Shown in FIG. 8 is a second embodiment of the frequency error detector of the present invention. The same numerals are assigned to the same elements as the frequency error detector shown in FIG. 5. In case of this embodiment, the portions of a second validity determinator 100 and a C/N detector 101 differ from the embodiment shown in FIG. 5. The I and Q signals are also supplied to the C/N detector 101. The C/N detector 101 detects the C/N by obtaining dispersion of an absolute symbol timing sample value and gives the value of the detected C/N to the second validity determinator 100. The detected value of the C/N is used in the second validity determinator 100 as a signal for adjusting the size of a dead zone and makes the reference signal given to the comparators 80, 81 shown in FIG. 5 variable. This signal is used to reduce the erroneous detection by making a dead zone large if the C/N is low and thus, it becomes possible to make a frequency pull-in time short.

FIG. 9 shows a third embodiment of the present invention.

The same numerals are assigned to the same elements as in the embodiment shown in FIG. 3. This embodiment is different from the embodiment in FIG. 3 in following points. That is, an oscillator to get local oscillation signals of detectors 2 and 3 is constituted by a fixed frequency local oscillator 40. The outputs of A/C converters 6, 7 are supplied to a complex multiplier 41. The output of this complex multiplier 41 is supplied to the digital LPFs 8, 9. The output of NCO 22 is supplied to a data converter 42 to get carriers having sine and cosine characteristics. Further, carriers from the data converter 49, are supplied to the complex multiplier 41. In this embodiment, thus, input modulated signals are in-phase with each other, and D-A detected by 0 and 90 local oscillation signals from the fixed frequency local oscillator 40. The detection outputs from the detectors 2, 3 are complex multiplied in the complex multiplier 41 after digitized in the A/D converters 6, 7. The result of complex multiplication is supplied to a complex multiplier 11 after passing through the digital LPFs 8, 9. The result of complex multiplication here is supplied to the frequency error detector 33. The frequency error signal obtained from the frequency error detector 33 is taken out likewise the previous embodiment and is used to control the oscillation frequency of the NCO 22. The oscillated output of the NCO 22 is supplied to the data converter 42 which has sine and cosine conversion characteristics. The converted output obtained from this data converter 42 is supplied to the complex multiplier 41 as a frequency conversion carrier. The AFC loop is composed of this round of loop.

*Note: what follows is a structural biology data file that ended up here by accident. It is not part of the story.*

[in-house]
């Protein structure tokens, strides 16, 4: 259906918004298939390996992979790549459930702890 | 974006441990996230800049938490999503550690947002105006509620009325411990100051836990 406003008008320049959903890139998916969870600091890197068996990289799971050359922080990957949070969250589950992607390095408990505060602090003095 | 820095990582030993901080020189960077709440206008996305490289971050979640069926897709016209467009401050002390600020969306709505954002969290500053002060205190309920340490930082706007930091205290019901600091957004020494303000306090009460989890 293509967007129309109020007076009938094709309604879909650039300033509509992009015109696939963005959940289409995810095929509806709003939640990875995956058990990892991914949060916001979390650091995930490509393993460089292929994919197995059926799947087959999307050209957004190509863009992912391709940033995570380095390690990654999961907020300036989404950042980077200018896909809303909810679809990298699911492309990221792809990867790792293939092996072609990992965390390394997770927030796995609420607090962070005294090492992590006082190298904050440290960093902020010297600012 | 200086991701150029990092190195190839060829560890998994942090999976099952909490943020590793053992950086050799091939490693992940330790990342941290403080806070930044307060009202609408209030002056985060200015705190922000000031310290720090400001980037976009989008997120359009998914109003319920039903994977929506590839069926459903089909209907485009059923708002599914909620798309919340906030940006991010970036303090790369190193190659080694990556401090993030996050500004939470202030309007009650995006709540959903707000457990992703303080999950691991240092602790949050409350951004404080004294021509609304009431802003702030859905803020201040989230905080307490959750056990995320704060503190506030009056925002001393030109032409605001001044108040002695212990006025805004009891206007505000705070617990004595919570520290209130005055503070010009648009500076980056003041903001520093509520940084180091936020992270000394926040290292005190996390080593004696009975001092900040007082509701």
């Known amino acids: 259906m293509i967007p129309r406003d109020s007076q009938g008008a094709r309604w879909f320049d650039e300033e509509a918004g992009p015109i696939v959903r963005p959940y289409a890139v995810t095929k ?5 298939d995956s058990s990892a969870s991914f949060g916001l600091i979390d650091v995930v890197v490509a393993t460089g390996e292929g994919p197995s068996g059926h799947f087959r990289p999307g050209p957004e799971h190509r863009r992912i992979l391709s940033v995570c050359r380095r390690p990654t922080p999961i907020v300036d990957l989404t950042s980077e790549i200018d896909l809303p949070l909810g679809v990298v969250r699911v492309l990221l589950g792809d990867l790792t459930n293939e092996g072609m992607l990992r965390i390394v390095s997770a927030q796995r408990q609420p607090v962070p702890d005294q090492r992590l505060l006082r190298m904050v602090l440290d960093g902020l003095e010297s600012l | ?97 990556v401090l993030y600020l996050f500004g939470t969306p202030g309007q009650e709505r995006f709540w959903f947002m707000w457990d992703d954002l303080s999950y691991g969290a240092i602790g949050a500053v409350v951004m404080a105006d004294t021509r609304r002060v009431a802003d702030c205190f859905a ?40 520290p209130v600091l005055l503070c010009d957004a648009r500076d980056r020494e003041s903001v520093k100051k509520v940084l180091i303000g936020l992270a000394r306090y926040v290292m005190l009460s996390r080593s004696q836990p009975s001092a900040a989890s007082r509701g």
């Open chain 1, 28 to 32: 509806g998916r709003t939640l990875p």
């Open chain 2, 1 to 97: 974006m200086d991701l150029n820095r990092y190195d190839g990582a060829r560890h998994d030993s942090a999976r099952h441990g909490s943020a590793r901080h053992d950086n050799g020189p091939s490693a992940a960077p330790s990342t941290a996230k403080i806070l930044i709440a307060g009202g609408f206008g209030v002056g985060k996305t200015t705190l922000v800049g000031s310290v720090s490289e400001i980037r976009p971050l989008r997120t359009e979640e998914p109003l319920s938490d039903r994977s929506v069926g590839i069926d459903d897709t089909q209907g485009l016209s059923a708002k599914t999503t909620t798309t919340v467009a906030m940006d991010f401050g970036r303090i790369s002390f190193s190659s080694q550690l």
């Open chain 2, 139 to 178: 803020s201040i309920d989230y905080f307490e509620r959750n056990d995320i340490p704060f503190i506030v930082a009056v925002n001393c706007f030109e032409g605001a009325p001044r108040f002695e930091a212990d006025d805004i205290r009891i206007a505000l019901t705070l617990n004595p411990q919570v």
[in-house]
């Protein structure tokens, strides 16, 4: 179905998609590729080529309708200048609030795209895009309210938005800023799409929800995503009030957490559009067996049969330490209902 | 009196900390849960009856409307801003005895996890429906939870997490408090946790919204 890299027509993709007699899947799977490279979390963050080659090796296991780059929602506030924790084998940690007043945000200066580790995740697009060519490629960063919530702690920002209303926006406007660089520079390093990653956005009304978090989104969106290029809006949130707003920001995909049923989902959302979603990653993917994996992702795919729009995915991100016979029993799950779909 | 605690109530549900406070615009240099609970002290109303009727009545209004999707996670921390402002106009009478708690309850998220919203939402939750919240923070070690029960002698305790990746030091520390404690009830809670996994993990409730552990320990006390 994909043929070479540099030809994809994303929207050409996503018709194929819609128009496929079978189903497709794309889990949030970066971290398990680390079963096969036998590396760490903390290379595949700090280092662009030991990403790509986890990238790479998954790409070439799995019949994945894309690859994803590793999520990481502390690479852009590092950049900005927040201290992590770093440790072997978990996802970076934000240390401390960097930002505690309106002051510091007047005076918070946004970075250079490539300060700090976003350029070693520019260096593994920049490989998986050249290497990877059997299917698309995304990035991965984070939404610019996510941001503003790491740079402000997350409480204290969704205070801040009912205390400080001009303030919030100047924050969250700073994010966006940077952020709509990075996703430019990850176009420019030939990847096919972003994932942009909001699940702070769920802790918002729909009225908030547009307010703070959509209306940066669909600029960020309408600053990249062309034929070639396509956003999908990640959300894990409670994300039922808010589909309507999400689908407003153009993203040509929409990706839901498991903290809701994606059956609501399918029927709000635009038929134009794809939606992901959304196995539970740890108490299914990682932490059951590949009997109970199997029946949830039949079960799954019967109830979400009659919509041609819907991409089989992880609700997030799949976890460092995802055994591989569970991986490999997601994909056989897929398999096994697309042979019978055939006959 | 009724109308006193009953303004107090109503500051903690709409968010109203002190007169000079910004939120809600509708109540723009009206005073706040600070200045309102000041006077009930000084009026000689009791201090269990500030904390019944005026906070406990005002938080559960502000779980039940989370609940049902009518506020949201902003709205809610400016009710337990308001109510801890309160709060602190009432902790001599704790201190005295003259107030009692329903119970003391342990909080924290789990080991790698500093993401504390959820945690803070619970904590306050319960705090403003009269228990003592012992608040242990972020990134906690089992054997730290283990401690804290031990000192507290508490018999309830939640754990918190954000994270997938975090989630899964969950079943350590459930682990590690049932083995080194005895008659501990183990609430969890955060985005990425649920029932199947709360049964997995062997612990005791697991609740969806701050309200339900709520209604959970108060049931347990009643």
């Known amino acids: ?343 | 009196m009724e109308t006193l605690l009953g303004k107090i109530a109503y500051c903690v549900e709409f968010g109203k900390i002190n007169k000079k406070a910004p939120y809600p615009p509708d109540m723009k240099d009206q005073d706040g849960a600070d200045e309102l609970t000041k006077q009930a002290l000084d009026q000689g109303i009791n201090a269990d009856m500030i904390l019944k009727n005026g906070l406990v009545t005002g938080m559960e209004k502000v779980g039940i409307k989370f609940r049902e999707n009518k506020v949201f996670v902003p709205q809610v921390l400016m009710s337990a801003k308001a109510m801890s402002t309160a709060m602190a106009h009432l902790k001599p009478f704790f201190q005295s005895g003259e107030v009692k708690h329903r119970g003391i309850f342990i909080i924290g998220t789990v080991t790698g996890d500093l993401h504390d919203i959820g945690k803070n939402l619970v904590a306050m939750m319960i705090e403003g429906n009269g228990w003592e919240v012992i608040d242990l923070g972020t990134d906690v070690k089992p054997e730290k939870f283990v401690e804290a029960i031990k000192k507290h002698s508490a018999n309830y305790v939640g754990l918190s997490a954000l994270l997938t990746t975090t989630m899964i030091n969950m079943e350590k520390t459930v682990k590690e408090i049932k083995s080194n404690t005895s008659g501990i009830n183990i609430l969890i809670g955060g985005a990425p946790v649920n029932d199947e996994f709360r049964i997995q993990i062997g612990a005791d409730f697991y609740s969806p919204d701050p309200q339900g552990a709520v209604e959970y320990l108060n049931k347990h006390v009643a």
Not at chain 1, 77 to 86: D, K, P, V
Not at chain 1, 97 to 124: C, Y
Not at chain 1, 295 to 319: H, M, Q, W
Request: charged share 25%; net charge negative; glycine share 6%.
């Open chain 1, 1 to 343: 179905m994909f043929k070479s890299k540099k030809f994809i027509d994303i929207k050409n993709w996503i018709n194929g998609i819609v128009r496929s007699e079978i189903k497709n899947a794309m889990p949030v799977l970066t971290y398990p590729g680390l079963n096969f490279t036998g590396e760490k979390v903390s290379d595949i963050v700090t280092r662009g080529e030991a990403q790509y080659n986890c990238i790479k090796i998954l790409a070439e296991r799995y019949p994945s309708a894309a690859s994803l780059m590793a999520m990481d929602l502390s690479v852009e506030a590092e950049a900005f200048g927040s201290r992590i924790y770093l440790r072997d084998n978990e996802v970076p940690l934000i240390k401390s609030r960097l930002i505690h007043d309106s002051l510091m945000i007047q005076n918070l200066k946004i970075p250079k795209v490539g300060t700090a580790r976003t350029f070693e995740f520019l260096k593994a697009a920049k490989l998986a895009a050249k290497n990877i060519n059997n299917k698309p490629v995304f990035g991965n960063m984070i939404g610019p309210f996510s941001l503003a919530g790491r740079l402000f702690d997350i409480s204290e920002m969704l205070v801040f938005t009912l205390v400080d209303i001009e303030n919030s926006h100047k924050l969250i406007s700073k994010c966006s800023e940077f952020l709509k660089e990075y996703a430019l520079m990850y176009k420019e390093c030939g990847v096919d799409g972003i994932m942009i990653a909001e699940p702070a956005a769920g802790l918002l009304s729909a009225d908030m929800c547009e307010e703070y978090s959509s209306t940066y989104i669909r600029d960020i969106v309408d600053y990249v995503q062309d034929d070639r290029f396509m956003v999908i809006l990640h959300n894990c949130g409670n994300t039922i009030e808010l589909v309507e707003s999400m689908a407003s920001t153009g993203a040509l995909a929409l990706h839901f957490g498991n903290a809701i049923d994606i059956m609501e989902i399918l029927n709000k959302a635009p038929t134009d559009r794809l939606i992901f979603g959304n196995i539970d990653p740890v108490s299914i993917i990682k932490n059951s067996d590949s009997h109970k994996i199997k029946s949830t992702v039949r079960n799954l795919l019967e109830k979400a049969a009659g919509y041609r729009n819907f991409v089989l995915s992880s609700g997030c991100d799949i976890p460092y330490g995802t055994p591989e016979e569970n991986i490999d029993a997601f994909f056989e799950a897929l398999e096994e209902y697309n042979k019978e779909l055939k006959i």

The present invention is not limited to the embodiments described above but may be embodied in various modified forms without departing from the spirit and scope thereof.